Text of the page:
Days before her resignation became public, the state’s most high-profile ethics lawyer faced tough questions from Maryland Supreme Court Justice Shirley Watts. Chiefly: Did she create a conflict of interest?
Attorney Grievance Commission Bar Counsel Lydia Lawless, an appointed lawyer with investigative and prosecutorial powers overseeing attorney conduct, was in court Feb. 2 to argue in favor of sanctions for attorney and perennial judicial candidate Marylin Pierre, after an Anne Arundel County Circuit Court judge found Pierre had violated the Maryland rules governing attorney conduct.
But Watts’ line of questioning for Lawless was less about Pierre’s alleged violations and instead about whether Lawless used her position to benefit the political campaigns of four incumbent Montgomery County judges.
Lawless’s resignation, dated Jan. 31 and effective March 17, became public knowledge Monday. Lawless, in text messages sent Monday to The Baltimore Sun, said she was not asked to resign and that she was “exploring opportunities.”
Lawless, the Attorney Grievance Commission and Pierre’s attorney all declined comment for this article. A request for clarification about when the Attorney Grievance Commission actually received Lawless’s resignation, either on Jan. 31 or after Watts asked questions about a possible conflict of interest, was not returned.
“If we really want to bring our profession into disrepute, you could do no better than looking at a case where a state official that lacked any exigent circumstances forces herself into an ongoing election,” Pierre’s attorney, Irwin Kramer, said in court.
Watts’ questions about whether Lawless had violated the very rules she was supposed to enforce were rooted in the circumstances that led to her opening the investigation into Pierre. Justices also questioned whether the investigation could have been delayed until after the election.
On Aug. 28, 2020, the campaign for the four Montgomery County judges sent a mass email to the county bar association at 3:58 p.m. with the subject line: “Lawyers and the Urgent Need for Action.”
The message, written by attorney and campaign manager Stephen McAuliffe III, accused Pierre of lying about her record, misrepresenting her experience and of dishonest conduct when she first became an attorney in the late 1990s. It’s not clear whether Stephen McAuliffe and Judge Michael McAuliffe are related.
Less than an hour later, Lawless, who is a member of the Montgomery County Bar Association, responded to Stephen McAuliffe, and wrote: “I have opened an investigation pursuant to Maryland Rule 19-711(a) to determine whether Ms. Pierre has violated the Maryland Rules of Professional Conduct.”
Lawless asked Stephen McAuliffe to provide the source of information for his claims and for the identity of any person who could provide further details.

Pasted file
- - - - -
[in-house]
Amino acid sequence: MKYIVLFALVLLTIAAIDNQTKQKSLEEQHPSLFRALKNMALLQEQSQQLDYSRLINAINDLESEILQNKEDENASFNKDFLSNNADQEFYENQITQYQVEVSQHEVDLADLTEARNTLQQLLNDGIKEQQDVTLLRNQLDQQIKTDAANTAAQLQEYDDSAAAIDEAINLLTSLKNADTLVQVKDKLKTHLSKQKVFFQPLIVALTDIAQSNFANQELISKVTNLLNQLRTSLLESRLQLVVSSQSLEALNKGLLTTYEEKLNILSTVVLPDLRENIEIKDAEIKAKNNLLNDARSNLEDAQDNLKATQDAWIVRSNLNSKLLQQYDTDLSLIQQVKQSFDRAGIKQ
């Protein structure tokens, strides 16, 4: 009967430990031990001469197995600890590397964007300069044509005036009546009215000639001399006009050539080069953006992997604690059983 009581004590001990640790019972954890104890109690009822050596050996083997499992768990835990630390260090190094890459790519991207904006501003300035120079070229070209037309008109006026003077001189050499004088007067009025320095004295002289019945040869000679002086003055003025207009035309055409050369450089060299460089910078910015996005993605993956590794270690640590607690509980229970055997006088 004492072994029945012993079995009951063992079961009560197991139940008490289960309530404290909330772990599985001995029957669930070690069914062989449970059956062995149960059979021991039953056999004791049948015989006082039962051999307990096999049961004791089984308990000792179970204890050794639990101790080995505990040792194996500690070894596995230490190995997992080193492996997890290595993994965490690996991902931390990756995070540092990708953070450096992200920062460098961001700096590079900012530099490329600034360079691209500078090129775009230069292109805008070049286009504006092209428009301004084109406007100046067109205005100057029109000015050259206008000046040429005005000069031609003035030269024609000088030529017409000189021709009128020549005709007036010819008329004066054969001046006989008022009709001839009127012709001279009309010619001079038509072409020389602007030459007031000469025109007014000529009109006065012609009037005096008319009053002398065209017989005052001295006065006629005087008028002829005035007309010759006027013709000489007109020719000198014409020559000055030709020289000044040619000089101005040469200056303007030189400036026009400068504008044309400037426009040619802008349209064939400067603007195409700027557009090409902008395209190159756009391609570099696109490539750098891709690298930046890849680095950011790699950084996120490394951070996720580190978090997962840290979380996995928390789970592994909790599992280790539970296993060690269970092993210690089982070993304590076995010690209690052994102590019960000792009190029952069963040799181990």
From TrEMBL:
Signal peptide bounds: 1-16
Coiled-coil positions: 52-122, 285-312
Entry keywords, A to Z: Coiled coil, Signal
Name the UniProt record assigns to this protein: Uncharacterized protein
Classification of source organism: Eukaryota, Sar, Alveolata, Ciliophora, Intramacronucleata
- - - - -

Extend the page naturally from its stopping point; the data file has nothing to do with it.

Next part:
On Feb. 2, Watts questioned whether Lawless was right to respond so quickly and to take campaign literature as a legitimate form of complaint.
“Could these circumstances give rise to an actual conflict or an appearance of conflict that judiciary resources are being used to intervene in the sitting judges election?” Watts asked.
Maryland law required Lawless look into the claims, she said, and that the reason she kept in touch with the campaign and asked for the rest of its information is so she could do her own vetting.
“Your Honor, I don’t believe it is an actual conflict of interest or an appearance of a conflict of interest,” Lawless said.
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Lawless argued in court that these investigations are confidential, and pointed out that the existence of the investigation into Pierre did not become publicly known until after the November 2020 election. Pierre was made aware of the investigation in early September of that year, Lawless said.
In her initial email to McAuliffe, Lawless wrote that the investigation into Pierre is confidential under state law, and asked him to honor that. In a response email, McAuliffe said he would not disclose the investigation’s existence without her permission, but asked if the rules of non-disclosure applied to him telling the candidates.
“I do have a question about whether the prohibition about non-disclosure extends to Judges Berry, Boynton, Fogleman and McAuliffe who make up the slate,” he wrote.
Appointed by Republican former Gov. Larry Hogan, the four judges — Michael McAuliffe, Bibi Berry, David Boynton and Christopher Fogleman — all won their elections. Pierre did not.
The judges also successfully obtained a restraining order against Pierre in the run-up to the election, preventing her or any of her campaign surrogates from claiming she was a judge.
In November, Anne Arundel Circuit Judge Donna Schaeffer issued a 54-page ruling determining Pierre had violated the Maryland rules governing attorney conduct on multiple occasions, and that she had lied about her record and legal experience.
The Supreme Court of Maryland is expected to issue a ruling in Pierre’s case in the coming weeks or months.